Nativity 2009


Life is a little busy at the moment... hence the paucity of posts. On Friday it was so busy that my wife and I drew lots to decide who would go to the local primary school's Nativity play... I won... And so I went, a little reluctantly to see again that familiar story...

Yet an hour later I left refreshed and renewed for all that I had to do throughout that day... It was a relatively traditional rendering of the subject matter, all be it with modern music and no "Away in a Manger..." Every child in the room was dressed appropriately... Girls as angels (some complete with feathered wings), and boys as shepherds (as the headmaster said, there would be no dishes dried in Ballybeen that morning because every dishcloth was in Brooklands Primary School, adorning the heads of the shepherds) and they sang all the songs with great gusto. The "star" performers all carried off their parts with great confidence (although paradoxically Herod was a little hesitant), and some of them wouldn't have been out of place in an X-Factor audition, but the whole thing was completely free of cynicism... And again, I was thankful that, in this increasingly PC-world, it was unashamedly Biblical from beginning to end.

So I headed off to do the various things that fill up my diary at this time of year... getting home late in the afternoon to have a quick tea and head out for an evening family outing to the cinema with members of our local community project. Again, because I was so tired I would rather have been anywhere else on earth. But the chosen film was "Nativity", not the reverential re-telling of the incarnation released a few years ago (which I have yet to see), but the current film starring Martin Freeman, about 2 schools, one a run-down Roman Catholic primary, the other a fee-paying preparatory school, putting on Nativity Plays in the run up to Christmas.

Once again I was pleasantly surprised... it was a joyous, cynicism-free experience that I would recommend to anyone and everyone. The performances of the adults were excellent, but they were up-staged by the children... The two nativities were a little more avant-garde than my morning experience (the one performed by the fee-paying school based around Herod's slaughter of the innocents left me roaring with laughter because I have seen productions just like that one), but again they were broadly faithful to the Biblical story, and without any of the scepticism about issues of religion that seems to pervade the British media at present.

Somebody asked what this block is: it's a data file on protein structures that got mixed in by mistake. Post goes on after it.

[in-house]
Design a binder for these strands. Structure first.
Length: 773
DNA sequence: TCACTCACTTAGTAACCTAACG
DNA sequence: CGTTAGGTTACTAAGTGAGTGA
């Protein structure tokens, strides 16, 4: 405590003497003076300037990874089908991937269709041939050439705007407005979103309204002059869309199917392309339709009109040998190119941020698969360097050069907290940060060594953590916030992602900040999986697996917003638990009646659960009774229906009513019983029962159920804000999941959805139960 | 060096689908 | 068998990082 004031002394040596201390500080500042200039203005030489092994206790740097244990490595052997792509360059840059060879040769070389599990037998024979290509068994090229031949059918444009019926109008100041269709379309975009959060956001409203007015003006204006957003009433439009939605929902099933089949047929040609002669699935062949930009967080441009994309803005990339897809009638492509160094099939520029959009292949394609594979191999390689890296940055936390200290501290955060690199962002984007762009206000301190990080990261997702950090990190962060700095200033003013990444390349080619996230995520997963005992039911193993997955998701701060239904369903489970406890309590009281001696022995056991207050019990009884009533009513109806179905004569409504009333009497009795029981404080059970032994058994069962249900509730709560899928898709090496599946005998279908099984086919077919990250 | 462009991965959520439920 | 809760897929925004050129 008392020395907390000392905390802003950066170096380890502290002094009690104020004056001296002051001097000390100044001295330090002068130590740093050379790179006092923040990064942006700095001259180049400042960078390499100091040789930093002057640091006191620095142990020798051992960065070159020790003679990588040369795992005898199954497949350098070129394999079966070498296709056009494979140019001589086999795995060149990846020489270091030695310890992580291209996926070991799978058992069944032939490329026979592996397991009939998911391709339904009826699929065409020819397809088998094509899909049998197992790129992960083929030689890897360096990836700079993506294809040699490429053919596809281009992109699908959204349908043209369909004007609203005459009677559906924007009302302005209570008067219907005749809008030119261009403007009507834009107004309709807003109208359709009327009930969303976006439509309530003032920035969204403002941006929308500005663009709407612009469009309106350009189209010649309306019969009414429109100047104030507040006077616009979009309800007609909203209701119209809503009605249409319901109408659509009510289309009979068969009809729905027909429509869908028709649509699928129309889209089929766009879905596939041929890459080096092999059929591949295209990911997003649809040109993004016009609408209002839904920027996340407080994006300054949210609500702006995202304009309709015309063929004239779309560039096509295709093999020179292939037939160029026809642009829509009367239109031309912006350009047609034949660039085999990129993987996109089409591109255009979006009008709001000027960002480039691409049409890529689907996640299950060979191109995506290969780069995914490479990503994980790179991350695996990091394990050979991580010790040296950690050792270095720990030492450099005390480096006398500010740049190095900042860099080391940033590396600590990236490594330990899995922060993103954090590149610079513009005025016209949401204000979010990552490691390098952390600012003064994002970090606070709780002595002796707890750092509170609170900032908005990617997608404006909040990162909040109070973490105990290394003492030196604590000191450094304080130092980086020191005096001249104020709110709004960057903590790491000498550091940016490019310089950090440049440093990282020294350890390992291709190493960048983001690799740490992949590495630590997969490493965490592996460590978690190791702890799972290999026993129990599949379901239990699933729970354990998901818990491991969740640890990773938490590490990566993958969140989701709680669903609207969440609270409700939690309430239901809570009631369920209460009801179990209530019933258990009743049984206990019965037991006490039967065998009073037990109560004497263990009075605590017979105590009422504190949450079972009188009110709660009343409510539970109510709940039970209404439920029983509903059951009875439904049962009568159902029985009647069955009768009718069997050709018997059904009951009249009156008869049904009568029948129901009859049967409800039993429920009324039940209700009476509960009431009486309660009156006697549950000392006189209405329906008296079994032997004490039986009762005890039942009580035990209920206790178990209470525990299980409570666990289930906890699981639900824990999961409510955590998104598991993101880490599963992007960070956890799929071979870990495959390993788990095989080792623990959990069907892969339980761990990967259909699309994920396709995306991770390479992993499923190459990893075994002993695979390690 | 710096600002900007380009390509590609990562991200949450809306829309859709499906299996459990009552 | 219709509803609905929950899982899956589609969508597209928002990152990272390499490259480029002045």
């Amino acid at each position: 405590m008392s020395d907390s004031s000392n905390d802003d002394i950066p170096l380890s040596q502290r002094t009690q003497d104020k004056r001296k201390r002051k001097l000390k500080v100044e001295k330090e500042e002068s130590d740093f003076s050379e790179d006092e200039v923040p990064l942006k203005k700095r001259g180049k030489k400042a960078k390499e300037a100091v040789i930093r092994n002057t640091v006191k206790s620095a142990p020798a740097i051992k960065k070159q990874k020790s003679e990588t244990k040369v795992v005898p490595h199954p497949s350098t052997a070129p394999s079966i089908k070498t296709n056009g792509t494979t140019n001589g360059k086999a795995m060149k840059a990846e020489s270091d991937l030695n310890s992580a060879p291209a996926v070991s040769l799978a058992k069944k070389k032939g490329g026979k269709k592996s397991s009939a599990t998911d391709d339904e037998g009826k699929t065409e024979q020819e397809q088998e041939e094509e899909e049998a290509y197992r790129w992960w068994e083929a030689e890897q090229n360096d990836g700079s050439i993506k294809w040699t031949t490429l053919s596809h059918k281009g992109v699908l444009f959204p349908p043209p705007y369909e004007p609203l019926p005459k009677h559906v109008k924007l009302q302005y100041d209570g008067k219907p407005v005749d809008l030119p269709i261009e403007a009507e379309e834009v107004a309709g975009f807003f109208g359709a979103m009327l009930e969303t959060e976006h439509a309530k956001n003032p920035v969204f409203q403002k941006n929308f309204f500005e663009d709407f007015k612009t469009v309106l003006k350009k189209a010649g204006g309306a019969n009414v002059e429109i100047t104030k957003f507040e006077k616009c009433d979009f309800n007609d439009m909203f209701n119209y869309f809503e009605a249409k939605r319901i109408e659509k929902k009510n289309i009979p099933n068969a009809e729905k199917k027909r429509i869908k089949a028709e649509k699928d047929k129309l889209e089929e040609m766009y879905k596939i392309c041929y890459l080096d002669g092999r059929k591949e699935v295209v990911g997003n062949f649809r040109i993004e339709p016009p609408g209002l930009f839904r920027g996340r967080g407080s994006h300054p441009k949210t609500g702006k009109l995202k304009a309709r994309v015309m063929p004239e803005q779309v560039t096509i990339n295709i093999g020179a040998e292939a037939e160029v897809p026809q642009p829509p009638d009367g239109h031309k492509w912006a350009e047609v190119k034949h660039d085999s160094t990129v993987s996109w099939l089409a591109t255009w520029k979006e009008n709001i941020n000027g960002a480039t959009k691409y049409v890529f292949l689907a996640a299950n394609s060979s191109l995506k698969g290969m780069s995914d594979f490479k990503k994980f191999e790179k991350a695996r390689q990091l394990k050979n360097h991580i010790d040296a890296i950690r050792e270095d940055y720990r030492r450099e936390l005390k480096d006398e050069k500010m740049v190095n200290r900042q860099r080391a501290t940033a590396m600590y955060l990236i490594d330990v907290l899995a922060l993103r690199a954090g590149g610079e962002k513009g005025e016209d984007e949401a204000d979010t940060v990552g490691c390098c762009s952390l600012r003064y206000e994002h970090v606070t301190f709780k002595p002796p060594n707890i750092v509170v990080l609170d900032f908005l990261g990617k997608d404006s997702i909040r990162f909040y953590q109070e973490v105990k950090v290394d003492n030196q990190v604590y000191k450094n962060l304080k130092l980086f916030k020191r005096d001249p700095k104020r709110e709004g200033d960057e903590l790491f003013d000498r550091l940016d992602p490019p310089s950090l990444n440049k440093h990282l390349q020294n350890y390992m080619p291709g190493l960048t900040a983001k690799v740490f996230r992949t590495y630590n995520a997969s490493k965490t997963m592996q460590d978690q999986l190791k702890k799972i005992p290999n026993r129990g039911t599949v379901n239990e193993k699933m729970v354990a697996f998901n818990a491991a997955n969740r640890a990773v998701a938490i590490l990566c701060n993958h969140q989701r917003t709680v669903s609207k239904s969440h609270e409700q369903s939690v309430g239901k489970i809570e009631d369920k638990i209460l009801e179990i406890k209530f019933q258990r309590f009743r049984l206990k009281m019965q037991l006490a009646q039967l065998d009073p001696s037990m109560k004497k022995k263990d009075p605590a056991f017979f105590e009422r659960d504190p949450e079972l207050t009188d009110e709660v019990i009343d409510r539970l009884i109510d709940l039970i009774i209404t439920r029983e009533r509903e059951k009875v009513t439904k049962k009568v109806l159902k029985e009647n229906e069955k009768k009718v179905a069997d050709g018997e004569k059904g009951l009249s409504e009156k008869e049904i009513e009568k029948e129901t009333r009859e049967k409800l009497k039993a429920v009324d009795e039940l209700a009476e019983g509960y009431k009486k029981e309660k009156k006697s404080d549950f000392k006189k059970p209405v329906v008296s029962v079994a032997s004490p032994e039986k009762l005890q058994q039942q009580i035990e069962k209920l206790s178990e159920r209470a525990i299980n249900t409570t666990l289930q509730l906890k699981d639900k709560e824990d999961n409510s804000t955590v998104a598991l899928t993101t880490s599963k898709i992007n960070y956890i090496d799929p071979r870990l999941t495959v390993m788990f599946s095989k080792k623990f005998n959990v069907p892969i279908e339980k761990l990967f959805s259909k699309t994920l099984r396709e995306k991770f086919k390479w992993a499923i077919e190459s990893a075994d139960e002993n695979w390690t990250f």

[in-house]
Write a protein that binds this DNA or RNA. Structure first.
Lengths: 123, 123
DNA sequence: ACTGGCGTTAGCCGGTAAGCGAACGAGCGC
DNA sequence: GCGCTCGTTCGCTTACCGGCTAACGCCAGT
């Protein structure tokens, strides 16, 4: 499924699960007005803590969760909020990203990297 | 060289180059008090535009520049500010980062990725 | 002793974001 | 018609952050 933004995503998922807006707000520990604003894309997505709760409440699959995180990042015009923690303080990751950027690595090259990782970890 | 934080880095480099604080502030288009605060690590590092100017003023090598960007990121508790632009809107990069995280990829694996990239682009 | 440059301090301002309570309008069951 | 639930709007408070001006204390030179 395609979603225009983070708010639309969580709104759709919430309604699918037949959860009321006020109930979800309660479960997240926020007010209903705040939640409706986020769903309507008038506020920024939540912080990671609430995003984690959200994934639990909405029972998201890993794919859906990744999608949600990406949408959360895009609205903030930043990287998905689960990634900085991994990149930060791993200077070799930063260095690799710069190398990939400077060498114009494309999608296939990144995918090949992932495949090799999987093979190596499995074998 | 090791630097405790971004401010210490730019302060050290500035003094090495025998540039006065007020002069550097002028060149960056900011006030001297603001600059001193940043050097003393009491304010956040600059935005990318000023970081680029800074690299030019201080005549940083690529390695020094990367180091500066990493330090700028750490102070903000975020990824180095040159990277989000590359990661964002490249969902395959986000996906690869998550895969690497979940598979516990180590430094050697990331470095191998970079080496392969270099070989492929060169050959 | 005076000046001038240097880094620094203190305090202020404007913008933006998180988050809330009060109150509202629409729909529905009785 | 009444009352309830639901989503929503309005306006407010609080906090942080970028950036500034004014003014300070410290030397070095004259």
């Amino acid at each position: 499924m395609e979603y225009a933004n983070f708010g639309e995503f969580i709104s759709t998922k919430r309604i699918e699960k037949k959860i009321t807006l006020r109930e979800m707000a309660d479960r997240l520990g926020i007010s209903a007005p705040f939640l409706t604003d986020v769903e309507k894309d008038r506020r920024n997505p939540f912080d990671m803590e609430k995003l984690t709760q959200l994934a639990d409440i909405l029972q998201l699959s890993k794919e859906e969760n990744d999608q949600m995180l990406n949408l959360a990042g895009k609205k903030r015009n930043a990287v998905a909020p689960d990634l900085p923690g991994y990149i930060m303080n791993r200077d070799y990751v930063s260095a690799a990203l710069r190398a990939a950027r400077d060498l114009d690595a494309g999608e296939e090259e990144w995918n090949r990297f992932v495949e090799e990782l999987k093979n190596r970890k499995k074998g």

But I would recommend this film not only because it is warm and cosy and won't offend either your 6 year old or the local vicar, but also because it is theologically interesting. A lot of the comedy is based around a lie that grows out of proportion, and the film delivers the usual moral message that honesty is the best policy. But more interesting, is that the intitial lie comes out of personal conflict between the directors of the 2 nativities, and (NB. SLIGHT SPOILER ALERT) the resolution of the conflict does not, as is the case in most movies, result in the humiliation of the "villain", but a certain level of reconciliation between the directors (as well as the repair of another broken relationship)... And that, as much if not more than the faithfulness of the nativity to the Biblical narrative, is what makes this film a good film for Christmas... It not only tells the story in an appealing way but also gets to the core of the Christmas story... That God's response to our conflict with him and his ways was not violent retribution, but to seek our reconciliation through a child...

Do yourself a favour... Go see it... Laugh loudly and give thanks to God for the truth that lies behind it...



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